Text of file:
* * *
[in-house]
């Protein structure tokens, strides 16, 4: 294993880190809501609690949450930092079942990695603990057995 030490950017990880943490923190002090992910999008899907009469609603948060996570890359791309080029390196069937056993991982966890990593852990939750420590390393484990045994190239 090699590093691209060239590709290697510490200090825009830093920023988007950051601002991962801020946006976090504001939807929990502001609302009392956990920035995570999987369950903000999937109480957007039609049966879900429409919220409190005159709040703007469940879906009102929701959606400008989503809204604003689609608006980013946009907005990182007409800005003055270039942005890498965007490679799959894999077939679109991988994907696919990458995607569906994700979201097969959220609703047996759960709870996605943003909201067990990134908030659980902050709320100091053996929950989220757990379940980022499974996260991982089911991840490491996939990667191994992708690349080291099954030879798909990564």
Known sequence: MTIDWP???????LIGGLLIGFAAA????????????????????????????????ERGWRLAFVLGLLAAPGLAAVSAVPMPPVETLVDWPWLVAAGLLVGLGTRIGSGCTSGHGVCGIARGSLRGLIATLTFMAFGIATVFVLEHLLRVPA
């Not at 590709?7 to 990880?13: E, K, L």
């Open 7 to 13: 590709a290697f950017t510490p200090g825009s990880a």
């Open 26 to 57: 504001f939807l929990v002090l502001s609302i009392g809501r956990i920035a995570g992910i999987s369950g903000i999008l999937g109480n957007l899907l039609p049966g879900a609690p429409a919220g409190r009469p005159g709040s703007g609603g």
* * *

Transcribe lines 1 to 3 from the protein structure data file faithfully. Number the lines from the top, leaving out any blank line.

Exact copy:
[in-house]
């Protein structure tokens, strides 16, 4: 294993880190809501609690949450930092079942990695603990057995 030490950017990880943490923190002090992910999008899907009469609603948060996570890359791309080029390196069937056993991982966890990593852990939750420590390393484990045994190239 090699590093691209060239590709290697510490200090825009830093920023988007950051601002991962801020946006976090504001939807929990502001609302009392956990920035995570999987369950903000999937109480957007039609049966879900429409919220409190005159709040703007469940879906009102929701959606400008989503809204604003689609608006980013946009907005990182007409800005003055270039942005890498965007490679799959894999077939679109991988994907696919990458995607569906994700979201097969959220609703047996759960709870996605943003909201067990990134908030659980902050709320100091053996929950989220757990379940980022499974996260991982089911991840490491996939990667191994992708690349080291099954030879798909990564």
Known sequence: MTIDWP???????LIGGLLIGFAAA????????????????????????????????ERGWRLAFVLGLLAAPGLAAVSAVPMPPVETLVDWPWLVAAGLLVGLGTRIGSGCTSGHGVCGIARGSLRGLIATLTFMAFGIATVFVLEHLLRVPA